And you don’t have to be a rocket scientist to know Israel is smack dab in the middle of a war zone. A war zone!

“Thanks for the offer, but I’m going to tennis camp this summer. Tell Grandma I hope she gets over her illness. Bye,” I say and hang up.

Wouldn’t you know it, not more than four seconds go by before the phone rings again. I know it’s Ron. A little ironic he’s hardly called twice in a year and here he is calling twice in a matter of seconds.

My mom picks up the phone in the living room. I try to listen through my bedroom door. I can’t hear much. Just mumble, mumble, mumble. After about forty long minutes she comes knocking at my door and tells me to pack for Israel.

“You’re kidding, right?”

“Amy, you can’t avoid him forever. It’s not fair.”

Not fair? I cross my arms in front of my chest. “Excuse me, what’s not fair is that you two didn’t even try and live like parents. Don’t talk to me about fairness.”

I know I’m sixteen and should be over it by now, but I’m not. I never said I was perfect.

“Life isn’t simple, you’ll realize that when you’re older,” she says. “We’ve all made mistakes in the past, but it’s time to mend them. You’re going. It’s already settled.”

Panic starts to set in and I decide to take the guilt trip route.

“I’ll be killed. Unless that’s what you ultimately want—”

“Amy, stop the dramatics. He’s promised me he’ll keep you safe. It’ll be a great experience.”

I try for another two hours to get out of it, I really do. I should have known trying to argue with my mom would get me nothing except a sore throat.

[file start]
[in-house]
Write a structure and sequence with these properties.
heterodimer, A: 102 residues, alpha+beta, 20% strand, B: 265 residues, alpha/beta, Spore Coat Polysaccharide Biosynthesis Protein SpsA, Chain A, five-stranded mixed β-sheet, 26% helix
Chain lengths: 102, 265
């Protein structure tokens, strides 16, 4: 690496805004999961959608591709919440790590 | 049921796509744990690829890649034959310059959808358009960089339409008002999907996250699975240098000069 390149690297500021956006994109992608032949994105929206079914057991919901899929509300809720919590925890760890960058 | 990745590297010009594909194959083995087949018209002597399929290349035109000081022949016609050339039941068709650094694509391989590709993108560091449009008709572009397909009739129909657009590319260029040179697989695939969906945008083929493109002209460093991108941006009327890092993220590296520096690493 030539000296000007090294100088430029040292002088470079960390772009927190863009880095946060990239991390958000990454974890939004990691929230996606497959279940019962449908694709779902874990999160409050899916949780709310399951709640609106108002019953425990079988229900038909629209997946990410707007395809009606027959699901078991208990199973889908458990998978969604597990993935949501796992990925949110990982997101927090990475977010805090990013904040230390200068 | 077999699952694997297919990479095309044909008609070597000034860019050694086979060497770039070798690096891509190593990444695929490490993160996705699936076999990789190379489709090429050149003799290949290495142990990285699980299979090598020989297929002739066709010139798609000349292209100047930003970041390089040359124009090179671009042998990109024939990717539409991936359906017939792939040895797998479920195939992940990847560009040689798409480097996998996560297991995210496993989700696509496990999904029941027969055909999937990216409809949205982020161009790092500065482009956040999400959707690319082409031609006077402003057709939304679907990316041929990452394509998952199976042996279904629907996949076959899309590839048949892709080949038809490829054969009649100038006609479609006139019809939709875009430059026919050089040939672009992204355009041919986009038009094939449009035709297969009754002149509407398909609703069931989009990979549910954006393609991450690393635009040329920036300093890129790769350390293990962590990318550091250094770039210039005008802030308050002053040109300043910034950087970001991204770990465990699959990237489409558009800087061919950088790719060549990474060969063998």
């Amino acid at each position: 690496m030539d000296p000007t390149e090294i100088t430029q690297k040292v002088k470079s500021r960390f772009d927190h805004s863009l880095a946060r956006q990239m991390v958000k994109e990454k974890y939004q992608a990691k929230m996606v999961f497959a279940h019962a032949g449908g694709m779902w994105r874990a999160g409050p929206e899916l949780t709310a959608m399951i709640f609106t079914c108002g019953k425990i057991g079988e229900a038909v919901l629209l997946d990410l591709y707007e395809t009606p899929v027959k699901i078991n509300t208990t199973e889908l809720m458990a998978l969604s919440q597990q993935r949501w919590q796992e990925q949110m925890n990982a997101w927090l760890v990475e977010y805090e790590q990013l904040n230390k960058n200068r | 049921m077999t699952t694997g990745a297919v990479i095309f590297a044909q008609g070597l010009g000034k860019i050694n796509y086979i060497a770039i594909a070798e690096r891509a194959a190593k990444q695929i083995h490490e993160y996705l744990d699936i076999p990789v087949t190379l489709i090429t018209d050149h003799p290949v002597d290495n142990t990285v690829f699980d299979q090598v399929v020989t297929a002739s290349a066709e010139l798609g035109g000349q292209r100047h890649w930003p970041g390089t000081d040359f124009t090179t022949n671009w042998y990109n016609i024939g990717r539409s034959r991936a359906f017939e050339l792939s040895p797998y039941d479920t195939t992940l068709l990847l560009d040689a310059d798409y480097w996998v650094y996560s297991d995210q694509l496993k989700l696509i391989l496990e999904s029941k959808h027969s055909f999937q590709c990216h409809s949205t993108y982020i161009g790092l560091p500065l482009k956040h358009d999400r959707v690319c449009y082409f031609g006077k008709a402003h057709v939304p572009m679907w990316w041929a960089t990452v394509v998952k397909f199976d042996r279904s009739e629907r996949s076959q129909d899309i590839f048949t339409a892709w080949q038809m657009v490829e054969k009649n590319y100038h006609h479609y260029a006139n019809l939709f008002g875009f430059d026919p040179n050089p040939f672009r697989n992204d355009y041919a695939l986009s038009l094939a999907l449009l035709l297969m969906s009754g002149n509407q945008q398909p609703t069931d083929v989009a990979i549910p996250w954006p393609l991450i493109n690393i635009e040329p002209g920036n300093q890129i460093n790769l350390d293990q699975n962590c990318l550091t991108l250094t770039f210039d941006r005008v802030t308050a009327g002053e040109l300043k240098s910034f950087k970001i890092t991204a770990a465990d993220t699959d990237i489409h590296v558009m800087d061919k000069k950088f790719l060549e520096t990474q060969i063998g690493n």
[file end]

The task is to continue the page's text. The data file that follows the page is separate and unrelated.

I decide to call my best friend, Jessica. Supportive, understanding Jessica. “Hey, Amy, what’s up?” a cheery voice answers on the other end of the line. Gotta love caller ID.“

My parents decided to ruin my life,” I tell her.

“What do you mean ‘parents’? Ron called?”

“Oh, yeah, he called. And somehow he convinced my mom to cancel my summer plans so he could take me to Israel. Could you just die?”

“Um, you don’t really want to hear my opinion, Amy. Trust me.”

My eyebrows furrow as I slowly realize Jessica, my very dearest friend in the world, isn’t going to back me up one hundred and ten percent.

“It’s a war zone!” I say it slowly so she gets the full impact.

Is that a laugh I hear on the other end of the line?

“Are you kidding?” Jessica says. “Heck, my mom goes to Tel Aviv every year to go shopping. She says they have the clearest diamonds ever cut. You know the little black dress I love? She got it for me there. They have the best European styles and—”

“I need support here, Jess, not some crap about diamonds and clothes,” I say, cutting off her ‘Israel is all that’ speech. Jeez!“

Sorry. You’re right,” she says.

“Don’t you ever watch the news?”

“Sure, Israel has its share of problems. But my parents say a lot of what we see on TV is propaganda. Just don’t hang out at bus stops or go to coffee shops. Ron will keep you safe.”

“Ha,” I say.

“Are you mad at me?” Jess asks. “I could lie and tell you your life is ruined beyond repair. Would that make you feel better?”

Jessica is the only person who can make fun of me and get away with it. “You’re just a laugh a minute, Jess. You know I’d never get mad at you, you’re my BFF.”